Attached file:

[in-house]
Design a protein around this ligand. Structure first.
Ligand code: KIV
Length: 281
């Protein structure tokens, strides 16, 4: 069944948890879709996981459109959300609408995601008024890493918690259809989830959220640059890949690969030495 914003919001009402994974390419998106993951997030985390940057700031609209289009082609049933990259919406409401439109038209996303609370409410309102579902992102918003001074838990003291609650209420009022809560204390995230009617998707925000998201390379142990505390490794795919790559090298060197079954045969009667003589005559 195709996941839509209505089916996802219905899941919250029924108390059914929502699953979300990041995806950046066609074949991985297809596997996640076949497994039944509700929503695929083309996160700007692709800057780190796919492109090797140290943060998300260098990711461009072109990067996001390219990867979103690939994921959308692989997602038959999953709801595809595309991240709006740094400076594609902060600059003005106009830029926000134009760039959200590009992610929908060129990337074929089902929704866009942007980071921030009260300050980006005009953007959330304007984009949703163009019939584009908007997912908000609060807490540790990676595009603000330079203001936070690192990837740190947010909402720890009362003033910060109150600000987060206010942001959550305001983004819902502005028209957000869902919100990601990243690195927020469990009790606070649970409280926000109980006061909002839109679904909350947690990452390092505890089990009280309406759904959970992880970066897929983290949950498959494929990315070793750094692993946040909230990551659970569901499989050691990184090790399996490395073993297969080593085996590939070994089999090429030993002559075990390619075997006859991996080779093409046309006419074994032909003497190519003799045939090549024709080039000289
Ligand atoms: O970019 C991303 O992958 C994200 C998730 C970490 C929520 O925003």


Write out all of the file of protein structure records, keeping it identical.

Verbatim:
[in-house]
Design a protein around this ligand. Structure first.
Ligand code: KIV
Length: 281
């Protein structure tokens, strides 16, 4: 069944948890879709996981459109959300609408995601008024890493918690259809989830959220640059890949690969030495 914003919001009402994974390419998106993951997030985390940057700031609209289009082609049933990259919406409401439109038209996303609370409410309102579902992102918003001074838990003291609650209420009022809560204390995230009617998707925000998201390379142990505390490794795919790559090298060197079954045969009667003589005559 195709996941839509209505089916996802219905899941919250029924108390059914929502699953979300990041995806950046066609074949991985297809596997996640076949497994039944509700929503695929083309996160700007692709800057780190796919492109090797140290943060998300260098990711461009072109990067996001390219990867979103690939994921959308692989997602038959999953709801595809595309991240709006740094400076594609902060600059003005106009830029926000134009760039959200590009992610929908060129990337074929089902929704866009942007980071921030009260300050980006005009953007959330304007984009949703163009019939584009908007997912908000609060807490540790990676595009603000330079203001936070690192990837740190947010909402720890009362003033910060109150600000987060206010942001959550305001983004819902502005028209957000869902919100990601990243690195927020469990009790606070649970409280926000109980006061909002839109679904909350947690990452390092505890089990009280309406759904959970992880970066897929983290949950498959494929990315070793750094692993946040909230990551659970569901499989050691990184090790399996490395073993297969080593085996590939070994089999090429030993002559075990390619075997006859991996080779093409046309006419074994032909003497190519003799045939090549024709080039000289
Ligand atoms: O970019 C991303 O992958 C994200 C998730 C970490 C929520 O925003």